published Thursday, March 19th, 2009

Fort Oglethorpe: Kiwanis distinguished service awards going to two area sheriffs

by Beverly Carroll
Audio clip

Phil Summer & Steve Wilson

The Fort Oglethorpe Kiwanis Club’s highest honor — traditionally reserved for Kiwanians — will go this year to two local lawmen.

“This is the first time we’ve taken the awards and opened it to the public,” Kiwanis President Chris McKeever said about the honor for contribution to the community through profession and volunteer service.

The honorees this year will be Catoosa County Sheriff Phil Summers and Walker County Sheriff Steve Wilson, Mrs. McKeever said. She cited their leadership in efforts like the Stocking Full of Love campaign to help needy children at Christmas and fundraising for a new North Georgia YMCA.


The Fort Oglethorpe Kiwanis Club’s distinguished service awards program will be April 29. The civic club meets at Hutcheson Medical Center. For more information, visit

Sheriff Summers said he thinks of the job he’s had 20 years as “full-service law enforcement.”

“We have a responsibility of providing service for citizens which involves service of warrants and civil papers and investigating crime,” he said. “But I use the term ‘full-service law enforcement,’ which means we identify a need and try to fill that.”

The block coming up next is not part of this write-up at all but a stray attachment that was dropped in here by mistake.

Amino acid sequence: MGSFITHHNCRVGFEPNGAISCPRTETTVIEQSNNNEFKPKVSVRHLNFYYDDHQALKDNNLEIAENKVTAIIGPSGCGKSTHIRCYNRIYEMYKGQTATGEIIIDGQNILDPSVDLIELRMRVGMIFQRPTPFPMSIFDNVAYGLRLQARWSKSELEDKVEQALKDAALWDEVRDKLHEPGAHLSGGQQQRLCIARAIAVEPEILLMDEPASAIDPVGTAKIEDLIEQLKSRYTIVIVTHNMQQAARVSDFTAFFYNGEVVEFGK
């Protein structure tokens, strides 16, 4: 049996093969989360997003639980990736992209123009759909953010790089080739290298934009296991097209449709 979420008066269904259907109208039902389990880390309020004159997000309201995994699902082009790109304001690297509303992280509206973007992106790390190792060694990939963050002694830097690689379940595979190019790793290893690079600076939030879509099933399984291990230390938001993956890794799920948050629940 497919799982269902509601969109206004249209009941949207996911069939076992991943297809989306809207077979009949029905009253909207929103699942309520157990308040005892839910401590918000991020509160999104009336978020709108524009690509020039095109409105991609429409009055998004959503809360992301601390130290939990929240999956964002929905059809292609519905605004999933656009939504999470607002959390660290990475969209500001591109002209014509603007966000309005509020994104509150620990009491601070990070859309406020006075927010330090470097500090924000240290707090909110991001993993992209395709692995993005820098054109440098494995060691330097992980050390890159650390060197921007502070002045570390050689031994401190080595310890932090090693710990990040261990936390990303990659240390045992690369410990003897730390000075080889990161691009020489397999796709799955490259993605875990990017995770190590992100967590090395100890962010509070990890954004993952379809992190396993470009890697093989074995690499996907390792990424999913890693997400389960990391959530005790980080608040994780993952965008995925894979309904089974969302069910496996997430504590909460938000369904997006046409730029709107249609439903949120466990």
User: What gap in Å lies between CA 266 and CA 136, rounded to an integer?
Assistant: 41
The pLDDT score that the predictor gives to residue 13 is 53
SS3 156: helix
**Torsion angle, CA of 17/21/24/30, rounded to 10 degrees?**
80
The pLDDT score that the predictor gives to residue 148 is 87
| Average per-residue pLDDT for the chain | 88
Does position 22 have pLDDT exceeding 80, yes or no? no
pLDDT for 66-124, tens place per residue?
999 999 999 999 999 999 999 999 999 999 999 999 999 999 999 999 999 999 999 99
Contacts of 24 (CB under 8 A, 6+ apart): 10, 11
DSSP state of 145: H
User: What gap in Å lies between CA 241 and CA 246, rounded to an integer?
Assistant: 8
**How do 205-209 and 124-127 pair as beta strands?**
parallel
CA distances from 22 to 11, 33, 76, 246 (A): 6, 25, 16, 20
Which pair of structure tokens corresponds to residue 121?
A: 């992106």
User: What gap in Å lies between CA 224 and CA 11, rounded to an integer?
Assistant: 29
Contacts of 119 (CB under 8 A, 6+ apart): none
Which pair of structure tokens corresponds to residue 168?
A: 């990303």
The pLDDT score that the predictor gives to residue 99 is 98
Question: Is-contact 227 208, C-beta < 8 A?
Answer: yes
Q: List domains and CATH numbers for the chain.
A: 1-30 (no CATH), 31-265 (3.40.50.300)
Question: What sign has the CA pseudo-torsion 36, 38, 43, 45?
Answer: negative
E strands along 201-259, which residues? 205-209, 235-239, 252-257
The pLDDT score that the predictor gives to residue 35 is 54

He said those needs are met through efforts such as the Stocking Full of Love, the seniors programs and education programs with schoolchildren.

“All of it works together,” said Sheriff Summers.

Mrs. McKeever said the Distinguished Service Award is a Kiwanis International recognition. The Fort Oglethorpe club presented it for the first time last year, honoring Judy O’Neal, owner of UCTV-3, and Dr. Ray Brooks, past president of Northwestern Technical College.

“It was very easy to choose the sheriffs,” she said, noting they frequently work with Kiwanis programs. “We know many of the extras that go into their job and both departments are supportive of our efforts in the schools.”

Sheriff Wilson, serving his fourth term, said he appreciates being recognized.

“Today in the office of sheriff, you are not only a law enforcement officer,” he said. “People look to you for trust, and when you attach our names to civic endeavors, people trust our judgment and know if we are involved, it’s a worthy organization.”

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